6:24am

Sat June 23, 2012
Critics' Lists: Summer 2012

Rich Reads: Historical Fiction Fit For A Queen

Originally published on Tue July 3, 2012 11:33 am

Harriet Russell

I have always loved a great story set in the past. Give me a high-powered historical plot, and I will keep turning those pages until my eyes cross. Kings or consuls, functionaries or janissaries, it doesn't matter, only that it pounds onward to the conclusion — volcano explosion, battle or market crash. It's literary dessert, and I devour every bite.

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6:23am

Sat June 23, 2012
Movies

Shirley Clarke's 'Connection': Will It Click At Last?

Originally published on Sat June 23, 2012 11:07 am

In The Connection, Leach (Warren Finnerty, right) and his friends wait around for their heroin fix, which eventually comes courtesy of Cowboy (Carl Lee). The controversial film was shut down in New York after two screenings in 1962.
Milestone Film

Fifty years ago, a movie called The Connection opened in New York — then closed after two showings. Police shut down the theater and arrested the projectionist.

The movie is about drug addicts, and the language is sometimes frank — too frank for 1962 standards. The director was an independent pioneer named Shirley Clarke, whose movie has been restored and is back in theaters, soon to be followed by restorations of nearly all her work.

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6:23am

Sat June 23, 2012
The Record

A Summer With Fun.

Originally published on Sat August 18, 2012 12:26 pm

Nate Ruess before fun.'s show at Music Hall of Williamsburg in Brooklyn on Friday.
Mito Habe-Evans NPR

Fun. is in the middle of quite a run. For six weeks this spring, the band had the No. 1 song in the country with "We Are Young," an anthemic pledge of drunken solidarity that has appeared in countless commercials and TV shows, and dominated radio playlists and sales charts since March (it's still in the top five).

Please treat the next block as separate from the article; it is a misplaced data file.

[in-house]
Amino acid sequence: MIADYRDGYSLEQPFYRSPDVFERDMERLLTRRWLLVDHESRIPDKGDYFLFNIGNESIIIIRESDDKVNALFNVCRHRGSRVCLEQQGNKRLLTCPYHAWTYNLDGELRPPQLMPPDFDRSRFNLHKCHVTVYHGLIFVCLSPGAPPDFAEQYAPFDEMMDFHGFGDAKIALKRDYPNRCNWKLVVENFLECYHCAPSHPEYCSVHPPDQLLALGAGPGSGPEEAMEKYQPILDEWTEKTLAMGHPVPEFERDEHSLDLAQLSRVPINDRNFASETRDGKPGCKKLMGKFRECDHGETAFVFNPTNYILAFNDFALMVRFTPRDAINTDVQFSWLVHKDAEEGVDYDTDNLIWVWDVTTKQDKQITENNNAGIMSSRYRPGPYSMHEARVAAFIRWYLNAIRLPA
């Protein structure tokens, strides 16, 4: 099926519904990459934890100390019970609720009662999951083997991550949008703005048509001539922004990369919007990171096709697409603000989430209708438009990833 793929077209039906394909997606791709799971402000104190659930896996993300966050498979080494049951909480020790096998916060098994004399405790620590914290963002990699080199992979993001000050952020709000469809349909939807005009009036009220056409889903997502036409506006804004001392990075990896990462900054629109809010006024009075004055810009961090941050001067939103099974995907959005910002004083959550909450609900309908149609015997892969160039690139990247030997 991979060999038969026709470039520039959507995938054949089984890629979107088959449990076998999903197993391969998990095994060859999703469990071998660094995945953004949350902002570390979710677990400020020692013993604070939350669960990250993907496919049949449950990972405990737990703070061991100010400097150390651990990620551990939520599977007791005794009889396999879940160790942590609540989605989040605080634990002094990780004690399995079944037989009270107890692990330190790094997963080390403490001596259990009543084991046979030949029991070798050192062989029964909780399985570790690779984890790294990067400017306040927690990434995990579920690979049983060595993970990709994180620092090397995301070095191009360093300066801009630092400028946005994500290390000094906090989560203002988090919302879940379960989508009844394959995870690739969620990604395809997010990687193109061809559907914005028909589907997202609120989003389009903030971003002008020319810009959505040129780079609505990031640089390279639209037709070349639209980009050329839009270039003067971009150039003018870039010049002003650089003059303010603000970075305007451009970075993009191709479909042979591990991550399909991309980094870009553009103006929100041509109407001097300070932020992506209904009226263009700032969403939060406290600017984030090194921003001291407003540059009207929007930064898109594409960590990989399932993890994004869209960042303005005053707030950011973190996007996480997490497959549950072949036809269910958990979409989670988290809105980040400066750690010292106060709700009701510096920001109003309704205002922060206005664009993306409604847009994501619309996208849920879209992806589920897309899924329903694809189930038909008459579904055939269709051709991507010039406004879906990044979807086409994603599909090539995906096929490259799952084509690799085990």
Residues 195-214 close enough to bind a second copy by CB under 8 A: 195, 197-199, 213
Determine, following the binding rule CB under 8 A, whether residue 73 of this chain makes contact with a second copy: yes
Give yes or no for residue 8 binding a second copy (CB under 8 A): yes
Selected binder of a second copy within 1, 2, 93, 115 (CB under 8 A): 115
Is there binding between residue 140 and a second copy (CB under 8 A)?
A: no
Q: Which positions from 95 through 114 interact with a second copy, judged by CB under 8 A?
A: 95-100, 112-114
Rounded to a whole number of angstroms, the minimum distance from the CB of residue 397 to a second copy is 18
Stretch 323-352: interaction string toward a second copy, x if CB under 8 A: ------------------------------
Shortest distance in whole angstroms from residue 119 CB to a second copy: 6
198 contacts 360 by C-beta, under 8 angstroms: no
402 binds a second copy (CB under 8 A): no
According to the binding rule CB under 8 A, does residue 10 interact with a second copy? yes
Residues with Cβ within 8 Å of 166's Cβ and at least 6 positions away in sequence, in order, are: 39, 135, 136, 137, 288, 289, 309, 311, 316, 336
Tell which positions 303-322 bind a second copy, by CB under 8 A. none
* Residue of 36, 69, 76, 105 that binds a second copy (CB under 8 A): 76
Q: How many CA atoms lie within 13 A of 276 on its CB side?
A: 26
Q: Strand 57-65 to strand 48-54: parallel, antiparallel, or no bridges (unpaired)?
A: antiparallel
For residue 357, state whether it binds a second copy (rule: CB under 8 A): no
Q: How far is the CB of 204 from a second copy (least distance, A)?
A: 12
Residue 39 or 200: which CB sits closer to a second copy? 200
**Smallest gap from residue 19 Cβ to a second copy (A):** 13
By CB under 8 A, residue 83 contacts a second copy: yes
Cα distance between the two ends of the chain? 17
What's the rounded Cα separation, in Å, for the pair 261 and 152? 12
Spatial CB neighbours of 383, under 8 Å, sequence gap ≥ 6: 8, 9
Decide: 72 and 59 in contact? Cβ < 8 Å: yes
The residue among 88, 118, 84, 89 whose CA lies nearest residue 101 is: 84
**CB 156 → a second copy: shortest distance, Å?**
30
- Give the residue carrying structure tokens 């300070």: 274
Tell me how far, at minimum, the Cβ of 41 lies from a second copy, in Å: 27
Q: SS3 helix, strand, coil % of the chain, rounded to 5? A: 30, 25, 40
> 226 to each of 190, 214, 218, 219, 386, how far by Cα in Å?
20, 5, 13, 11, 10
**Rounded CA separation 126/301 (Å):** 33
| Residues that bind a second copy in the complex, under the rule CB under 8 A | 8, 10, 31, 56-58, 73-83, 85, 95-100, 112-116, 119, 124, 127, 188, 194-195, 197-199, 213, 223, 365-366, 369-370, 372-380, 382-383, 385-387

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6:23am

Sat June 23, 2012
Author Interviews

Lessons For Europe From 'The Second World War'

Originally published on Sat June 23, 2012 12:47 pm

STF AFP/Getty Images

For most people, the start of World War II means German soldiers marching into Poland. Historian Antony Beevor begins and ends his new book, The Second World War with something different: the story of a German soldier who was actually Korean, was captured in Normandy, and wound up living in Illinois.

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6:23am

Sat June 23, 2012
U.S.

What Title IX Didn't Change: Stigma About Shop Class

Originally published on Sat June 23, 2012 1:05 pm

Forty years ago, President Richard Nixon signed Title IX, which said no person shall, on the basis of sex, be excluded from any education program or activity. Vocational education courses that barred girls — such as auto mechanics, carpentry and plumbing — became available for everyone. But it's still hard to find girls in classes once viewed as "for boys only."

Zoe Shipley, 15, has a passion for cars and tinkering with engines.

"It's just kind of cool to learn how to fix a car or learn about it," she says.

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6:22am

Sat June 23, 2012
Science

Rio+20 Summit Sustains Little More Than Sentiment